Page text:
BY DAVID KENNERLEY | “A Letter to Harvey Milk” is one of those rare musicals that dares to confront both LGBTQ history and Jewish history. And it does so with visceral wit, grace, and a full heart.
BY STEVE ERICKSON | Moments in Ava DuVernay’s “A Wrinkle in Time,” adapted from Madeleine L’Engle’s classic 1962 children’s novel, are stunning, especially in their use of color. Yet in the end, this is the kind of film that feels the need to have a soundtrack featuring Sade literally serenading its heroine telling her she’s “the flower of the universe.” She can’t be just any other girl, even one who accomplishes amazing feats.
BY DAVID KENNERLEY | Attention New Yorkers of a certain age nostalgic for the 1980s avant-garde East Village arts scene. It’s time to rejoice, for a supreme survivor is back to evoke those glory days, and beyond. I’m speaking of none other than the master of mélange John Kelly, the multitalented, genderqueer artist who in 1981 began performing in Downtown dives like the Pyramid Club and later made his way to Carnegie Hall, belting out arias in fractured falsetto and high drag.
Muck Rack makes it simple to find people, tweets, or articles that mention any name, keyword, company, hashtag etc. We've compiled this guide to help you make the most of your search.
Selecting a term
Start searching tweets, articles from media outlets, articles mentioned in tweets, journalists'
names, titles and bios with some suggested searches:
Companies or Topics (e.g. iPhone, Microsoft)
Phrases (e.g. "cloud computing") — use quotes to keep the terms together
Twitter handles (e.g. @username) — returns those who have mentioned or replied to
Names (e.g. "David Pogue")
Hashtags (e.g. #sxsw, #london2012)
Bio details (e.g. vegan, Olympics, father)
Muck Rack's Advanced Search allows for many boolean operators.
Find results that mention multiple specified terms, use AND or
+. For example, ensure each result contains both Elon Musk and Mark Zuckerberg by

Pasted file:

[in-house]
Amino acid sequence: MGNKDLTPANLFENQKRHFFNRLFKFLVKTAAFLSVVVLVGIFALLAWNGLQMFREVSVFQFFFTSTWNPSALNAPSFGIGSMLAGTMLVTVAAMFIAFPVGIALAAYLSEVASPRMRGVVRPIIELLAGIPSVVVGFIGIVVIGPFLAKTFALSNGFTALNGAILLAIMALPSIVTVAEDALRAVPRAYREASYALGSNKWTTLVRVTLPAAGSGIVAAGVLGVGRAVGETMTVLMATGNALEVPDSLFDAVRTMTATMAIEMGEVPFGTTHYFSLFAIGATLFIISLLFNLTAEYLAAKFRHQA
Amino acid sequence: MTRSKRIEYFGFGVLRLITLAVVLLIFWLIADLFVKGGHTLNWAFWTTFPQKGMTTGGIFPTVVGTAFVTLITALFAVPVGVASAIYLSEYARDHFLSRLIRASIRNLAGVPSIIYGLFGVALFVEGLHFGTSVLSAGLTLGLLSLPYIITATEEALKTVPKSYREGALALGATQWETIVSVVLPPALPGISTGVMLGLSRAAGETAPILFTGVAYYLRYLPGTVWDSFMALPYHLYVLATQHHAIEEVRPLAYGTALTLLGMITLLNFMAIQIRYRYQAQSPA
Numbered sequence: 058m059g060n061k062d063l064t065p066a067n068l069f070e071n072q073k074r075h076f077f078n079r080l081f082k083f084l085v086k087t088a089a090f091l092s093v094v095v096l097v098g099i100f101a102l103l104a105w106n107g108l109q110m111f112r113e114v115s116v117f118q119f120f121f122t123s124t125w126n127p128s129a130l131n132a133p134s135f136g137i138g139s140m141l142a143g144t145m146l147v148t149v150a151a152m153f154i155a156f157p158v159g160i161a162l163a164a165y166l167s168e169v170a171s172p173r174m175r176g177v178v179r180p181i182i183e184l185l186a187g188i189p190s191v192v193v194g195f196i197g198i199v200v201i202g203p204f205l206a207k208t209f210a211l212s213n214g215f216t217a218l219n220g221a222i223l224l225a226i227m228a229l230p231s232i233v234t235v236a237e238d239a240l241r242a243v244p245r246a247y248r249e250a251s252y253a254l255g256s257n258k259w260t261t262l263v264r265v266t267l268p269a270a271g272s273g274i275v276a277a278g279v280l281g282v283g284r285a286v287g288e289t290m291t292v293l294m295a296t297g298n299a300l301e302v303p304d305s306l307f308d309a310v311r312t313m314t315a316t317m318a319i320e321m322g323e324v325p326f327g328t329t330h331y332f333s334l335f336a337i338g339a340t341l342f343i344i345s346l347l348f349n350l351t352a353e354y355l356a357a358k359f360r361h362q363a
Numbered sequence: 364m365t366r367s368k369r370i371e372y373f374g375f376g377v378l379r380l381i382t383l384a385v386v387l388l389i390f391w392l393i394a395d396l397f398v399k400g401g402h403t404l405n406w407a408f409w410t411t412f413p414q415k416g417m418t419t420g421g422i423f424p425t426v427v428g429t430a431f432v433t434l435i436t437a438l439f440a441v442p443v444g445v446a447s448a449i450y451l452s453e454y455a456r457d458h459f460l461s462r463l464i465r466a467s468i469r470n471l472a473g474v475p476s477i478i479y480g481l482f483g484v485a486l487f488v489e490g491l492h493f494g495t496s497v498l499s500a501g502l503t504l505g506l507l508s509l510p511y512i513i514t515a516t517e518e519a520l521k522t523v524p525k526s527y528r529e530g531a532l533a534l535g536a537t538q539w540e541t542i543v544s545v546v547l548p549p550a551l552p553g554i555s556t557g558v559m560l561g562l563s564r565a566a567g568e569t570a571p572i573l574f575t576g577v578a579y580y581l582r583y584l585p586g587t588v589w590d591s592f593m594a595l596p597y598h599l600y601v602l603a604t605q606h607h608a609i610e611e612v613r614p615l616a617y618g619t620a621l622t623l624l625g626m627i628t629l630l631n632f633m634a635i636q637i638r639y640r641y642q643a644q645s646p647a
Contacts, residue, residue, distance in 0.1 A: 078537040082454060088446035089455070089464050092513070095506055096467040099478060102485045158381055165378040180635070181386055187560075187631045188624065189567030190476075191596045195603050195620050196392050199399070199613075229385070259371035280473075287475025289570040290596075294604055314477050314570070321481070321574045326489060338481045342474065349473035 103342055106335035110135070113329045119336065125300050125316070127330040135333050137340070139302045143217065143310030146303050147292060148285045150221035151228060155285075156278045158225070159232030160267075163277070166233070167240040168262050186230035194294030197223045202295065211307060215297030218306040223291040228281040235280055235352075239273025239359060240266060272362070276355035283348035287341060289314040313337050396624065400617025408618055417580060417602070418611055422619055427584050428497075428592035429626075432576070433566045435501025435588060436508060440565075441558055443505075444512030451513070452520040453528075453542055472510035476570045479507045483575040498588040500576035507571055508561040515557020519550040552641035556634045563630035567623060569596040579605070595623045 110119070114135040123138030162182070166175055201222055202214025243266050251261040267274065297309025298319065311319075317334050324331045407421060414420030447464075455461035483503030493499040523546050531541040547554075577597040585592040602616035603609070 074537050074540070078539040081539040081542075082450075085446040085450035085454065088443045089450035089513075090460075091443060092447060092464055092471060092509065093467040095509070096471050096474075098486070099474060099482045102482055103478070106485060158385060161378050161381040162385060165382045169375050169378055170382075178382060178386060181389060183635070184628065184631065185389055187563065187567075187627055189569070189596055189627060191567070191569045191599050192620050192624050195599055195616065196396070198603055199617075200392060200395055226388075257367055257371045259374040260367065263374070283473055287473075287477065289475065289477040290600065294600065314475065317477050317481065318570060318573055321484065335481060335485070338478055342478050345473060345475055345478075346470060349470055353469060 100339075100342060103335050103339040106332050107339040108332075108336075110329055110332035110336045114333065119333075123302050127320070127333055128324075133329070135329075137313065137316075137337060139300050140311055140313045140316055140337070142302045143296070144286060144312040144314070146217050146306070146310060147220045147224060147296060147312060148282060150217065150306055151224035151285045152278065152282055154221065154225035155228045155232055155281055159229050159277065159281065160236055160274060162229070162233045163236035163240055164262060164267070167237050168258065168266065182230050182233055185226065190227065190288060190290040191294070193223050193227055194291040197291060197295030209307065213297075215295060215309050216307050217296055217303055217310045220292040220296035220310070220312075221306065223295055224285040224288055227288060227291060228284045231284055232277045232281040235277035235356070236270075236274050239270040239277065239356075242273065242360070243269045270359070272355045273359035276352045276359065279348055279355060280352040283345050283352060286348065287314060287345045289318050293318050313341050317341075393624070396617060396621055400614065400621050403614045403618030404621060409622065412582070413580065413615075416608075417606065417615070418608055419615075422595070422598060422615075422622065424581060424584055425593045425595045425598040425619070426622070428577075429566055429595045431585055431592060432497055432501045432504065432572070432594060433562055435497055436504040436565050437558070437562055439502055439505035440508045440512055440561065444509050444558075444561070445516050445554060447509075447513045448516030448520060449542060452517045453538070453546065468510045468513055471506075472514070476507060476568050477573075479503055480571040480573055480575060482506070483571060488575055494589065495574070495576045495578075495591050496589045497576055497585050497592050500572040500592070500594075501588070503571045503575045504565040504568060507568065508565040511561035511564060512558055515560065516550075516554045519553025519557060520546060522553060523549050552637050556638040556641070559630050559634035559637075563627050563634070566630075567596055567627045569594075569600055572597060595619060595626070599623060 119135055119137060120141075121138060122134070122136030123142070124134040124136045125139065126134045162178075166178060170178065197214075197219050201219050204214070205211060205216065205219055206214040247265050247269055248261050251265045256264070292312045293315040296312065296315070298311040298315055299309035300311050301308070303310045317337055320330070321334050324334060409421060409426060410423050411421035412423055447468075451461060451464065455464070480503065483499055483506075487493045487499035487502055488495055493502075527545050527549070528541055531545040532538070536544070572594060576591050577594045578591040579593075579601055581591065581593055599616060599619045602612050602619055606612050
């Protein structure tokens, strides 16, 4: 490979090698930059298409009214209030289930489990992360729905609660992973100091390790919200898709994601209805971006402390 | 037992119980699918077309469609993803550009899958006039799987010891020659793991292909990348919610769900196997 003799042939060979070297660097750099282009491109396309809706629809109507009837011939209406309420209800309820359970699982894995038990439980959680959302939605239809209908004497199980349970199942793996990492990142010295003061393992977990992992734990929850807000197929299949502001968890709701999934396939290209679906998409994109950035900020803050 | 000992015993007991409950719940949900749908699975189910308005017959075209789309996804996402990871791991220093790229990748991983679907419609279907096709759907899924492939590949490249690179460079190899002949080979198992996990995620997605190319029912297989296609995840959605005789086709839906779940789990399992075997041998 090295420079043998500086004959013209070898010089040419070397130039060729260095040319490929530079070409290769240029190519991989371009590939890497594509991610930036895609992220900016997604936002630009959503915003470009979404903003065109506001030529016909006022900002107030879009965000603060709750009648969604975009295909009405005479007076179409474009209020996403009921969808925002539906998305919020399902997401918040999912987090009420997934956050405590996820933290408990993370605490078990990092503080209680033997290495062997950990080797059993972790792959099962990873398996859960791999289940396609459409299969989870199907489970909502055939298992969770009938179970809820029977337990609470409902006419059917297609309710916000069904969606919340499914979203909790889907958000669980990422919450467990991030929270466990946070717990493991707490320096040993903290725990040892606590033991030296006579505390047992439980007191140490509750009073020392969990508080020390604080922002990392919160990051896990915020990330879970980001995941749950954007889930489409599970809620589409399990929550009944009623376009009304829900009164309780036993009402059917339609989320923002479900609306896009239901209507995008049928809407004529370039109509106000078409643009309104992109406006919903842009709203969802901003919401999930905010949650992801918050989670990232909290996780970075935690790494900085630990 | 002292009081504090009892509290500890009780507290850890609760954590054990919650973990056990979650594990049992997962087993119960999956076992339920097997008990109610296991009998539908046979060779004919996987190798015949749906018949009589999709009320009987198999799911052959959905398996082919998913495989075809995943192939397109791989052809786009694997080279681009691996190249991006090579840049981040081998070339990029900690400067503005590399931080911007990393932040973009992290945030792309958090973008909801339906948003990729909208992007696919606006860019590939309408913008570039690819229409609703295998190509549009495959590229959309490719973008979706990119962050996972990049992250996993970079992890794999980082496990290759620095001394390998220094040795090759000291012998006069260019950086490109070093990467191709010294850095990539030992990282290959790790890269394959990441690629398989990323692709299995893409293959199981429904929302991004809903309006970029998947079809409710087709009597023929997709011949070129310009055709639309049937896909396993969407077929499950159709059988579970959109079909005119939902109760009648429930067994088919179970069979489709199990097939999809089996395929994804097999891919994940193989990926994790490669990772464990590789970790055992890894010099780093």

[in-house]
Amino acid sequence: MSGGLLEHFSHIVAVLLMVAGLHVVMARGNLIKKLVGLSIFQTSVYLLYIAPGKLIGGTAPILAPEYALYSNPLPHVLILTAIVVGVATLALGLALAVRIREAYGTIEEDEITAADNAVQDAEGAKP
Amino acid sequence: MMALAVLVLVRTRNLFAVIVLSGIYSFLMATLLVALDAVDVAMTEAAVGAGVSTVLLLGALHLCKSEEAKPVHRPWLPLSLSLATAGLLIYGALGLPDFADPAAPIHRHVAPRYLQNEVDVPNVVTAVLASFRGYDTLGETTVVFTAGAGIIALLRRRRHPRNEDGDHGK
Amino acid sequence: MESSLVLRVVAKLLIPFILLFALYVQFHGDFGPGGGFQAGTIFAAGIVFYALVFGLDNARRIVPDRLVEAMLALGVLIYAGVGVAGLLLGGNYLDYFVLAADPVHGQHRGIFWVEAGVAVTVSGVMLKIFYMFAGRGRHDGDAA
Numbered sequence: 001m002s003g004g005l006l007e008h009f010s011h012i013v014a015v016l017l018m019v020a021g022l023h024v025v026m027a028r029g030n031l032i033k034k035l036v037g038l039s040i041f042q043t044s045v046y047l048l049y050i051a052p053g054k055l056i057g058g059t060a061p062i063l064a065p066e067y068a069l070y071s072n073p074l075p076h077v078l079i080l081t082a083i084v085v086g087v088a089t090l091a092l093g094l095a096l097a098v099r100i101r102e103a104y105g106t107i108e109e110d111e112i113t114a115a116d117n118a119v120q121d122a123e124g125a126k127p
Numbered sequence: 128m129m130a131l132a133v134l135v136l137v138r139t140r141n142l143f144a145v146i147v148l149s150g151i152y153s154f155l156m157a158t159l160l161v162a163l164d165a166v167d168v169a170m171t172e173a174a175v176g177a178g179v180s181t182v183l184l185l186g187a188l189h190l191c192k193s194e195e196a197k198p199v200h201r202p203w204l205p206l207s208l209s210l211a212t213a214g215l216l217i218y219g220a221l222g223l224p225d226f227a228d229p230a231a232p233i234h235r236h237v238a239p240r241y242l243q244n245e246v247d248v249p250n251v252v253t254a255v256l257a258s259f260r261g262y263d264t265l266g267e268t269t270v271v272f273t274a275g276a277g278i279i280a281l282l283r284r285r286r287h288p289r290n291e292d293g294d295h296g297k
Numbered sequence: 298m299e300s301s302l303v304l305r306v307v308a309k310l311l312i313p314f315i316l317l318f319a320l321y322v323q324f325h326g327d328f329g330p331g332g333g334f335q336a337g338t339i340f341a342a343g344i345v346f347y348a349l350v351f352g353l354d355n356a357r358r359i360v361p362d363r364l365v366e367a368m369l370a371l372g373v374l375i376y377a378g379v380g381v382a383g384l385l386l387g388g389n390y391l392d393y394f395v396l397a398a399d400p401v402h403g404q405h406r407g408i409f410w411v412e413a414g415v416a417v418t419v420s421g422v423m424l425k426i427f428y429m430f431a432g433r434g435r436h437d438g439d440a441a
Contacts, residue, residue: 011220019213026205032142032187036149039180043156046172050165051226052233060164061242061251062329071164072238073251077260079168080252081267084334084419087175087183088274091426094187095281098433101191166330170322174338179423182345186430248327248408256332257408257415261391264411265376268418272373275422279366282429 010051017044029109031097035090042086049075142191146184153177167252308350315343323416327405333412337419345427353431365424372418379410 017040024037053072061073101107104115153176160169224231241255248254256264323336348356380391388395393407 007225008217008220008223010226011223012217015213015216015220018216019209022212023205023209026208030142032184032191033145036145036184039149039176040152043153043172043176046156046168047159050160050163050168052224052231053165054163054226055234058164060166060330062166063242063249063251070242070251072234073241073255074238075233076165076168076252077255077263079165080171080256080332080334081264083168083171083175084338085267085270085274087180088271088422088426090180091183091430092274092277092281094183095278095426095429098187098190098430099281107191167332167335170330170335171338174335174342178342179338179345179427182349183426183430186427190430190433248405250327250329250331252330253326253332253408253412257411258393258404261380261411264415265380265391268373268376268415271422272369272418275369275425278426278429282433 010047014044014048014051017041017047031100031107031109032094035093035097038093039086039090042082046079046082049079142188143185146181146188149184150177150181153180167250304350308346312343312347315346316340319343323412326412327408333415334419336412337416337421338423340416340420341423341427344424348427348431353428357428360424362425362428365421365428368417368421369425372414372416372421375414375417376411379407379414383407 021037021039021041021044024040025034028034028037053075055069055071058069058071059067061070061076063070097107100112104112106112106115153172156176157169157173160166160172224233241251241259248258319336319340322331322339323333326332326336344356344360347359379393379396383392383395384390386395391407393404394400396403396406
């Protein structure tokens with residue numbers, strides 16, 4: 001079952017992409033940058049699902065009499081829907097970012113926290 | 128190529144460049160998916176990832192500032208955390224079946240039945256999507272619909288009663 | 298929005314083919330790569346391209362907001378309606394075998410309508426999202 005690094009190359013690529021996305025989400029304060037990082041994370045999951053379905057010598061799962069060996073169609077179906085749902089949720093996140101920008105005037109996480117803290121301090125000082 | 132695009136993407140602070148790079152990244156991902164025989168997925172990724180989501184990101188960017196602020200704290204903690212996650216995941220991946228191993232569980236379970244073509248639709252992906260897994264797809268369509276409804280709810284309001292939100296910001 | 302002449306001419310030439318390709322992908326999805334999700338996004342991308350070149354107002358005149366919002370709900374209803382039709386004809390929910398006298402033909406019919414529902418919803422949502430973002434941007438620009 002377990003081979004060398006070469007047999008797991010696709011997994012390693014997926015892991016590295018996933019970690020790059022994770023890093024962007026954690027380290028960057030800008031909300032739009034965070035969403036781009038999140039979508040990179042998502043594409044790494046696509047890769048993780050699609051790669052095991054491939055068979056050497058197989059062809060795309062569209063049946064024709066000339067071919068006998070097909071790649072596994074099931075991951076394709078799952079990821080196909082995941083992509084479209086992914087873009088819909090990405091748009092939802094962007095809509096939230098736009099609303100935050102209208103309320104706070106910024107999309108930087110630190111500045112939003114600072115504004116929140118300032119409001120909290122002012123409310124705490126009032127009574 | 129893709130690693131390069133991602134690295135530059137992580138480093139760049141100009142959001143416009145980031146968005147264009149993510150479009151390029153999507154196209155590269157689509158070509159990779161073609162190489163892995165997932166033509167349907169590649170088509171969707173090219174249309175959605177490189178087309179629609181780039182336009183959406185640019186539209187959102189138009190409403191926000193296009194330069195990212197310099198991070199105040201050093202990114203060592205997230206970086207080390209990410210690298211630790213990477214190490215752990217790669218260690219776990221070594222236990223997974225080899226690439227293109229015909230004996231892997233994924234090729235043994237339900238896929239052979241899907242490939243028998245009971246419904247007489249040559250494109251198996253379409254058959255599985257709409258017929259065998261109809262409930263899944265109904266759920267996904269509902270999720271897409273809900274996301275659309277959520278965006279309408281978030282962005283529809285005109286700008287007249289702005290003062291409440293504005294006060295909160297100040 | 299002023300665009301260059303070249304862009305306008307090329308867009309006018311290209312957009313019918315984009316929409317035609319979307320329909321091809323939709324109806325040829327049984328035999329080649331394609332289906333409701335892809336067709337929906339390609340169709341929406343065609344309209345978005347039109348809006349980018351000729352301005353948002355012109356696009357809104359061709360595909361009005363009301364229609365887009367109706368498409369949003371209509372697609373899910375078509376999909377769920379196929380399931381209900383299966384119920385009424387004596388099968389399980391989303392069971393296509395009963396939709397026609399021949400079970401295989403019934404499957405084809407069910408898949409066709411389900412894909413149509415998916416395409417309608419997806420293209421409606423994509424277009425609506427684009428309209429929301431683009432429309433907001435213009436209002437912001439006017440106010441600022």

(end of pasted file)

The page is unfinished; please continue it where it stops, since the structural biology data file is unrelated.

searching Musk AND Zuckerberg or Musk + Zuckerberg.
Use the operators OR or , to broaden your search when you'd like either of
multiple terms to appear in results. (This is the default behavior of our search when no operators
are used). For example, results will contain either cake or cookie by searching cake OR cookie or cake,cookie
Use NOT or - to subtract results from your search. For
example, searching Disney will yield results about the Walt Disney Company as well as Walt Disney
World Resort. To exclude mentions of Disney World, search for Disney -World or Disney
When using one of these operators with a phrase, enclose it in quotation marks. For example, you can
find results about smartphones excluding Apple's iPhone 4S by searching smartphone -"iPhone
Exact case matching or punctuation
If you're searching for a brand name or keyword that relies on specific punctuation marks or capitalization, you can
find results that match your exact query by adding matchcase: before the keyword you're searching for, like matchcase:E*TRADE .
Use parentheses to separate multiple
boolean phrases. For example, to find journalists talking about having fun in Disney World or
Disneyland, search for ("disney world" OR disneyland) AND fun.
An asterisk can be used to search for any variation of a root word truncated by the asterisk. For example, searching for admin* will return results for administrator, administration, administer, administered, etc.
A near operator is an AND operator where you can control the distance between the words. You can vary the distance the near operation uses by adding a forward slash and number (between 0-99) such as strawberries NEAR/10 "whipped cream", which means the strawberries must exist within 10 words of "whipped cream".